African Court Jurisprudence: Ernest Francis Mtingwi v The Republic of Malawi


By Harriet Page

Periodically, ARC reviews the jurisprudence before the African Court of Human and Peoples’ Rights. In respect of Application No 001/2013, Ernest Francis Mtingwi v The Republic of Malawi, a case summary has been prepared by Harriet Page on behalf of ARC.



The Applicant was employed by the Malawi Revenue Authority (MRA), a state agency of the Republic of Malawi. The Applicant signed a 4 year employment contract for the period from 1st January 2003 to the 31st December 2006.

The Applicant alleges that on 4th November 2004, the Board of Directors of the Malawi Revenue his contract of employment.

The Applicant sued the MRA for damages for wrongful and unfair termination of employment in the High Court of Malawi. In March 2005, the High Court declared the dismissal unlawful and ordered that 3 months salary and benefits be paid to the Applicant.

After the award of damages, the Applicant alleged that certain benefits had been accidentally omitted during the preparation of exhibits submitted to the Registrar. Thus, the Applicant claimed that the order of assessment of damages by the High Court did not in fact reflect the benefits that were in his contract of employment.

The Applicant made an application to the High Court in January 2007 to inform the Court of the omissions and requested the Court to consider correcting its judgement. Justice Kamwambe ruled that there were accidental omissions in the order of assessment of damages.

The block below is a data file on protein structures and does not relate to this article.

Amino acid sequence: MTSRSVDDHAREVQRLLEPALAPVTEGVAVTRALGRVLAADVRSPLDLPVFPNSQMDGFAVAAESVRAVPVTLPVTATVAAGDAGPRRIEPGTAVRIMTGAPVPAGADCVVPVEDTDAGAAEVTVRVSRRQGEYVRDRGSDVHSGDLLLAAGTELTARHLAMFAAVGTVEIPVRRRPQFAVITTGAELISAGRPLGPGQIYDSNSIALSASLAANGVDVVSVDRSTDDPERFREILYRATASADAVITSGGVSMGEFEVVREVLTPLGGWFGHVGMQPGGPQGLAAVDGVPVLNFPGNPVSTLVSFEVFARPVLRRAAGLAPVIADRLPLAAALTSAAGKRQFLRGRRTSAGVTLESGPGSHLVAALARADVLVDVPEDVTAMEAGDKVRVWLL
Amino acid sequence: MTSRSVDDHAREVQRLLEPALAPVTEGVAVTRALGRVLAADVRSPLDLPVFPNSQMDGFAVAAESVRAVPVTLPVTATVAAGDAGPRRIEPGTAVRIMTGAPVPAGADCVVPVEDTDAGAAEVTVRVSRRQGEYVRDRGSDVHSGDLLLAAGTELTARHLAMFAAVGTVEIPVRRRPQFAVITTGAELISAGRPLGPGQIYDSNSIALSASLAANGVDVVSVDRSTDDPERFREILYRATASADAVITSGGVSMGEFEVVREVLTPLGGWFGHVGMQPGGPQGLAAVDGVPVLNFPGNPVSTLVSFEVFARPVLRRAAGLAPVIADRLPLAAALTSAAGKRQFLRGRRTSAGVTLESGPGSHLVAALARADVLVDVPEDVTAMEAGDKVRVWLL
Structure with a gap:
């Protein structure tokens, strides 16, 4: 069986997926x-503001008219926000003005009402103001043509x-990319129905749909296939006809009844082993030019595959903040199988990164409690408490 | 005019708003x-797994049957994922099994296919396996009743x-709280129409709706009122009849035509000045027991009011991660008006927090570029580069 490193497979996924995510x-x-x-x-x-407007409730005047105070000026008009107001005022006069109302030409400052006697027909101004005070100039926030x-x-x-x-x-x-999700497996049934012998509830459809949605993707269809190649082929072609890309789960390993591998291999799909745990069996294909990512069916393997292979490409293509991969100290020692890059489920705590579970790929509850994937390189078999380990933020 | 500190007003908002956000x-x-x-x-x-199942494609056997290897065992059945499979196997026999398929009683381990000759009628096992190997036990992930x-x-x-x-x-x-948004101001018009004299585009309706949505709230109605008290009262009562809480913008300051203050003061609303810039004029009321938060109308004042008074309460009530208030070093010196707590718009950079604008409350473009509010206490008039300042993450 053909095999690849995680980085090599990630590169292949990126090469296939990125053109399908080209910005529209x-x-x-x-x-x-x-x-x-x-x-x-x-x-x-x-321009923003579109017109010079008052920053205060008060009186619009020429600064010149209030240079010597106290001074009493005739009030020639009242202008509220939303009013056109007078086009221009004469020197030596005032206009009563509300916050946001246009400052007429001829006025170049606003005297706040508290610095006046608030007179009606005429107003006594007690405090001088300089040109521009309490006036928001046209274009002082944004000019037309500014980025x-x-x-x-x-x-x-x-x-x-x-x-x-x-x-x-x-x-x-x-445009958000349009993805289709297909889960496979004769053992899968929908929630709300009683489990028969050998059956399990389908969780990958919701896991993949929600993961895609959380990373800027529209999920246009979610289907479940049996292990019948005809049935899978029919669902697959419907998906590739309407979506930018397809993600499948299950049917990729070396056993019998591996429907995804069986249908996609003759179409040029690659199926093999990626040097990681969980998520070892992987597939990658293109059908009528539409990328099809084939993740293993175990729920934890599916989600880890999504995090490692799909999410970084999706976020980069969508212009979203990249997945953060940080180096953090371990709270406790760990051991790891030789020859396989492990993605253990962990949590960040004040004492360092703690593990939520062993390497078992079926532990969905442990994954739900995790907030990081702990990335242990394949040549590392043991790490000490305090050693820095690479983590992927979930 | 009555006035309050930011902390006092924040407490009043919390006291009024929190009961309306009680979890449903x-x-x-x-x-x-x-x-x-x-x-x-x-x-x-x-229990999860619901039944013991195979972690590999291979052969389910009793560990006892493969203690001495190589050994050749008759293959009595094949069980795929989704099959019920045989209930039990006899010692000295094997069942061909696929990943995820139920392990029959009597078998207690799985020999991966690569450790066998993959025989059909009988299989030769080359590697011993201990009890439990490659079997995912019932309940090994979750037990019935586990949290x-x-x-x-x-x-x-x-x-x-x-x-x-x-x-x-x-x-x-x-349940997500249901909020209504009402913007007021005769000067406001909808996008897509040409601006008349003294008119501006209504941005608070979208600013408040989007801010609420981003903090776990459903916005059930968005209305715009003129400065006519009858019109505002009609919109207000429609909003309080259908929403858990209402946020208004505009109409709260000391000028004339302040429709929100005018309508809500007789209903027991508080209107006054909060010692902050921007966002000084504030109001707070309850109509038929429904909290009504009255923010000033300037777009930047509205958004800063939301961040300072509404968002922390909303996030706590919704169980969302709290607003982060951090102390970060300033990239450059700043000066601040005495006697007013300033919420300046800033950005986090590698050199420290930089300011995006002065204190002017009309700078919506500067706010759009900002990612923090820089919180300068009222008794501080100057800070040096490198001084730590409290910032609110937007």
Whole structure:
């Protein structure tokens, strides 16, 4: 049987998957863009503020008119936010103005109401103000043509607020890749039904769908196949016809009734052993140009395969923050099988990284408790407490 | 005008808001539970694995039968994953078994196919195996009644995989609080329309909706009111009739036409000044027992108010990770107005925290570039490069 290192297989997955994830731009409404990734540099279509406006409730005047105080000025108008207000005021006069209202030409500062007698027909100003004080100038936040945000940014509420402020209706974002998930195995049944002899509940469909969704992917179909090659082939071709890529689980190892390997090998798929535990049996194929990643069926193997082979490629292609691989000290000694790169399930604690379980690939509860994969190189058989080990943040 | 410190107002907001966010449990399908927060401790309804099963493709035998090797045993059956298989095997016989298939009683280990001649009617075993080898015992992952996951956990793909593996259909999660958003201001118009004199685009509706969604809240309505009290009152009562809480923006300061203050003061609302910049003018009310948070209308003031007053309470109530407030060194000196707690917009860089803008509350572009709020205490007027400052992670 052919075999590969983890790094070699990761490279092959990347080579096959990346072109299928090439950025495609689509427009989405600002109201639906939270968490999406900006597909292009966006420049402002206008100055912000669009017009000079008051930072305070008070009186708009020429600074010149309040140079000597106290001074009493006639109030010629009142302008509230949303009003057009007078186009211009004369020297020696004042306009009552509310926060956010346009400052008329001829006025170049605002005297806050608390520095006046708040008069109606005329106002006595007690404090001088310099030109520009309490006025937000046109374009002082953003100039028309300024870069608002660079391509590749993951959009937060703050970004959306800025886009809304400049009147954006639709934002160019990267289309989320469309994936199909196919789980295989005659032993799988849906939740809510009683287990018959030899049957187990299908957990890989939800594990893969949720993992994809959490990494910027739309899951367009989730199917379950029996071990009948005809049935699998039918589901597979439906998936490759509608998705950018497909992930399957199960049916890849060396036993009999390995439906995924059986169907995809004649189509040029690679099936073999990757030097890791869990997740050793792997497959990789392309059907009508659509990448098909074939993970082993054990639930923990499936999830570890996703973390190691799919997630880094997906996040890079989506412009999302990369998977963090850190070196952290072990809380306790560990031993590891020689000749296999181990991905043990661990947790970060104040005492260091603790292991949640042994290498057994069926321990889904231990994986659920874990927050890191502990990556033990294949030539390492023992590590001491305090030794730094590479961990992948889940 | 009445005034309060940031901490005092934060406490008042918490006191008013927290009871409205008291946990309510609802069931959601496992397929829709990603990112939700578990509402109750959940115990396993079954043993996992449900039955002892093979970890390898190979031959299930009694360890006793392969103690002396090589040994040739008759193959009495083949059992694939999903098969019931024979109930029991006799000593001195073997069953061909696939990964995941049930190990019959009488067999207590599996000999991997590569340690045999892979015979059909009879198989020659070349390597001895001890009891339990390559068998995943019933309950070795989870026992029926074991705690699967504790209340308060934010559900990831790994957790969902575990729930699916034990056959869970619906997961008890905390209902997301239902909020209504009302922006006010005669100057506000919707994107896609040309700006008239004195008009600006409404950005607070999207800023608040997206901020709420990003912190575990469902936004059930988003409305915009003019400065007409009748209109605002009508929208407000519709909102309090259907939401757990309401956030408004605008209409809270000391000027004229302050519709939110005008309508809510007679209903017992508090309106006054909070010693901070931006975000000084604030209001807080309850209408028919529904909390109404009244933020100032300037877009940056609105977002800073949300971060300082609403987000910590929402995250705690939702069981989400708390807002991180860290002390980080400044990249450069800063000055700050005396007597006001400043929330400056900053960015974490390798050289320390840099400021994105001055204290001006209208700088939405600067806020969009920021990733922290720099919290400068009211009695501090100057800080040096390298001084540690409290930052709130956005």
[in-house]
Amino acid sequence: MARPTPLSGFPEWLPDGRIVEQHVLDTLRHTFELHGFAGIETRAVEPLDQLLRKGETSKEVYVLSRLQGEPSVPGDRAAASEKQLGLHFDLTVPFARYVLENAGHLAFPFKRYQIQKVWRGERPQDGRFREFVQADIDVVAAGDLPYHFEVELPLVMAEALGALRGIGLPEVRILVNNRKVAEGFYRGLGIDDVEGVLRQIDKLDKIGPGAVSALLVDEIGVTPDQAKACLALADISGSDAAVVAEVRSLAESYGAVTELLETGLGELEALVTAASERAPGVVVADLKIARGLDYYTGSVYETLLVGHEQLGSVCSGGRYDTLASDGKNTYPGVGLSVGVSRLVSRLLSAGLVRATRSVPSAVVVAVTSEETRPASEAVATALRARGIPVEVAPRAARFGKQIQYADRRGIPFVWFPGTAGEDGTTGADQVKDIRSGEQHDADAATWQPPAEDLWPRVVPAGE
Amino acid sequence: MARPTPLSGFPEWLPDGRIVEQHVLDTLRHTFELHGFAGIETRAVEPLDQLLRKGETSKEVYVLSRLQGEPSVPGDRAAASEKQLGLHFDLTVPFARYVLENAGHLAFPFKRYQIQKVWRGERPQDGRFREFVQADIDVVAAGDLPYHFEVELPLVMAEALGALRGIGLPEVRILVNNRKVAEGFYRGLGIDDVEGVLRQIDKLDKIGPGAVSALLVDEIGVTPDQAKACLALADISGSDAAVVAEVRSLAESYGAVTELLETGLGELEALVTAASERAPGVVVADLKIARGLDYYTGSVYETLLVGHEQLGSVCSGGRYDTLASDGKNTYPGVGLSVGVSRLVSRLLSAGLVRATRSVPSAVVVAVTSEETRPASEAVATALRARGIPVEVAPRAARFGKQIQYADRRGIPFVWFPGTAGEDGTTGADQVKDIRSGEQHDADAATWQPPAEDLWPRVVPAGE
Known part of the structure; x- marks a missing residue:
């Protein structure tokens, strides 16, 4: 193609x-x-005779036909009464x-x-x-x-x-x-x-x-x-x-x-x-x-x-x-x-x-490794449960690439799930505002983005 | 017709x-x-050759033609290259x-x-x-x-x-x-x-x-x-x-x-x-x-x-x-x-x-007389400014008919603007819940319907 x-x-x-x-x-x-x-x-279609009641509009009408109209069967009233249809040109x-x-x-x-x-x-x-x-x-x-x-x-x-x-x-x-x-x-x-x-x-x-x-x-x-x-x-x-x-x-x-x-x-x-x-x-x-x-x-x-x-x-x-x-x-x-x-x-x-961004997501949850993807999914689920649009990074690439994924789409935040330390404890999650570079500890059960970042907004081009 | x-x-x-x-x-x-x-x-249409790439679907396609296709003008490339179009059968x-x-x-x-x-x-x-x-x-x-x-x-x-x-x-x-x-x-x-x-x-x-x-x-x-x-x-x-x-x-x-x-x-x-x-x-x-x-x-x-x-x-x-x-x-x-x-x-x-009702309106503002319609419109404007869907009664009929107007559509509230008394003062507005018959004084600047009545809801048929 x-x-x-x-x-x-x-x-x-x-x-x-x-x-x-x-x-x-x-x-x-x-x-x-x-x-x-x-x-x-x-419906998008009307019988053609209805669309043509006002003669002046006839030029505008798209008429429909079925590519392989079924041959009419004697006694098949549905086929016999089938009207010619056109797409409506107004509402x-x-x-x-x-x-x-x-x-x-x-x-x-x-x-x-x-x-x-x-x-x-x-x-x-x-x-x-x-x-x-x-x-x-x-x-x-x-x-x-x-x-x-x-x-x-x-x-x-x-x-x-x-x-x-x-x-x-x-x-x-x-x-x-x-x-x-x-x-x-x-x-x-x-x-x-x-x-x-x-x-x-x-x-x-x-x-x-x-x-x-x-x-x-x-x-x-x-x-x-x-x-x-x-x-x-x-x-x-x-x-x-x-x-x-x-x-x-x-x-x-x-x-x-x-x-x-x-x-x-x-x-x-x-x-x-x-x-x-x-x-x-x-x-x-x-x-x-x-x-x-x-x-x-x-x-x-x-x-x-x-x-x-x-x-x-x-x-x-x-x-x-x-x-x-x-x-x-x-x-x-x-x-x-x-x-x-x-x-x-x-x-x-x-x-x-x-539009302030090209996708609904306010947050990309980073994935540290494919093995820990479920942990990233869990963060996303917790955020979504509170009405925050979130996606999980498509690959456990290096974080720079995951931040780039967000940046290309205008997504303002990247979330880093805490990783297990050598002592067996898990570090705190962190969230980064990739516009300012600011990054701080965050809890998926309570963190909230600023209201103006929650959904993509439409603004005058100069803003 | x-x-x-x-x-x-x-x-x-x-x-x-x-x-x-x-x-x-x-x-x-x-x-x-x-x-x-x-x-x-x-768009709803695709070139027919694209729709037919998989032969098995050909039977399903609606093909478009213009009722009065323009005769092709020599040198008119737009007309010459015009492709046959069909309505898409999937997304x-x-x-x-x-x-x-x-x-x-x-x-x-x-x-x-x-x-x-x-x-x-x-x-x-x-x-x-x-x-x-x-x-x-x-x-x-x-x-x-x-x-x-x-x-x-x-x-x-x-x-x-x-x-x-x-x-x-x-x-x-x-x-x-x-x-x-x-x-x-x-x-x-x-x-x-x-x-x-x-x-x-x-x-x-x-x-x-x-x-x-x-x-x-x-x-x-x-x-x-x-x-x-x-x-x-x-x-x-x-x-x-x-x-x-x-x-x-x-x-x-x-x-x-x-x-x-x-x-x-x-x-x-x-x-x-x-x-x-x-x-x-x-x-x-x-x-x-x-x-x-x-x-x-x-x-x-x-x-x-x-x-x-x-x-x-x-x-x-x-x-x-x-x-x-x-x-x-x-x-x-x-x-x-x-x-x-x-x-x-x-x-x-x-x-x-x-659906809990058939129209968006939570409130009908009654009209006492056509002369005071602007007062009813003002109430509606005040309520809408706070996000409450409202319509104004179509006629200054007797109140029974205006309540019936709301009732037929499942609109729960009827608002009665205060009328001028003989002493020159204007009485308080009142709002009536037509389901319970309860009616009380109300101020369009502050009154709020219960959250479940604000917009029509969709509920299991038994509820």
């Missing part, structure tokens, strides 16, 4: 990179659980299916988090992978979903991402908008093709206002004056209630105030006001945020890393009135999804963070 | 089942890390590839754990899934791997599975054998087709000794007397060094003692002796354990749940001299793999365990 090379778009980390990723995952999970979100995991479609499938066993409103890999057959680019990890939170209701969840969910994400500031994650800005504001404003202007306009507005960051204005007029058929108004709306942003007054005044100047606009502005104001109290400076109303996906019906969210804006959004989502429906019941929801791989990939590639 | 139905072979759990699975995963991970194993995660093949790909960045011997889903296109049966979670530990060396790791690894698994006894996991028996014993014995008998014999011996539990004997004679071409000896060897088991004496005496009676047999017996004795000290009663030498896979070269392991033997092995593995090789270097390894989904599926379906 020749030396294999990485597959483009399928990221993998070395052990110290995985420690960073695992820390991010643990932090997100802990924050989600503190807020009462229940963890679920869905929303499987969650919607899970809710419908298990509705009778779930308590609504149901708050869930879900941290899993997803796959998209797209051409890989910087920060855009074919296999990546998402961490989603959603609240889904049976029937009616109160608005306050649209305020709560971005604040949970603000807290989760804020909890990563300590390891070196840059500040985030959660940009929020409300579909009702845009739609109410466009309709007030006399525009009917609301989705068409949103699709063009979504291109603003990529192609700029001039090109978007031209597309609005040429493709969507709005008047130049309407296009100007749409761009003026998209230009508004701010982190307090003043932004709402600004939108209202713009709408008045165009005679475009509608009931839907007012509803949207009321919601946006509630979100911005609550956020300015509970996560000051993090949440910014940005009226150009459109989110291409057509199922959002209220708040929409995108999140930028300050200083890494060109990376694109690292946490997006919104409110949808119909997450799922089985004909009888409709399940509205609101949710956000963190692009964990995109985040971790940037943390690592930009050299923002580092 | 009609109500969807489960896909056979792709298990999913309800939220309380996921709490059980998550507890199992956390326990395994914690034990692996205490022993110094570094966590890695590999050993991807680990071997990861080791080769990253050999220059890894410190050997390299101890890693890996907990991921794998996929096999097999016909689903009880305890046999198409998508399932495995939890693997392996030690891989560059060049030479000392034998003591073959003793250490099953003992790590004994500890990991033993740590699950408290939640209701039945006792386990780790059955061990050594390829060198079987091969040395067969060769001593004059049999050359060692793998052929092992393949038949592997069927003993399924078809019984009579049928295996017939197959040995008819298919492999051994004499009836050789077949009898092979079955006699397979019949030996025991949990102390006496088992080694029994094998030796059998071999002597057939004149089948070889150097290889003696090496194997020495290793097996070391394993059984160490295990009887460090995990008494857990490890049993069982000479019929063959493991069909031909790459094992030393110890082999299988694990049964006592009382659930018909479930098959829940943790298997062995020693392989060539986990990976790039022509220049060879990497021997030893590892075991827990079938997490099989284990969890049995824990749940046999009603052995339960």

Subsequently, the Respondent appealed the ruling to the Supreme Court of Appeal. On 28th May 2010, the Malawi Supreme Court allowed the appeal and dismissed the High Court Judgement of Justice Kamwambe, thus ruling that no accidental omissions in the order of assessment of damages had been made.


The Applicant sought to appeal against the ruling of the Supreme Court of Appeal to the African Court on Human and Peoples’ Rights on 17th January 2013.

The Applicant requested:

–       a reversal of the lower court’s order;

–       an order that the term “all terminal benefits” in the contract of employment between the Applicant and Respondent means salary and benefits as per the contract of employment;

–       an order that all items of terminal benefits which were accidentally omitted for the remainder of the contract of employment be paid to the Applicant as damages for the unlawful dismissal of the Applicant; and

–       costs of the action.


Article 3(1) of the Protocol provides that the jurisdiction of the Court shall extend to all cases and disputes submitted to it concerning the interpretation and application of “the Charter, this Protocol and any other relevant Human Rights instrument ratified by the States concerned.” The Court noted that it does not have any appellate jurisdiction to receive and consider appeals in respect of cases already decided upon by domestic and/or regional and similar Courts. Therefore, on 15th March 2013, the Court concluded that it does not have jurisdiction to receive the Application under Article 3 of the Protocol.


The regularity with which this Court reject applications on the basis of technicalities and a lack of jurisdiction suggests that greater awareness is needed in Africa of the actual remit and capability of the Court.


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Text source: Harriet Page, 10th December 2015


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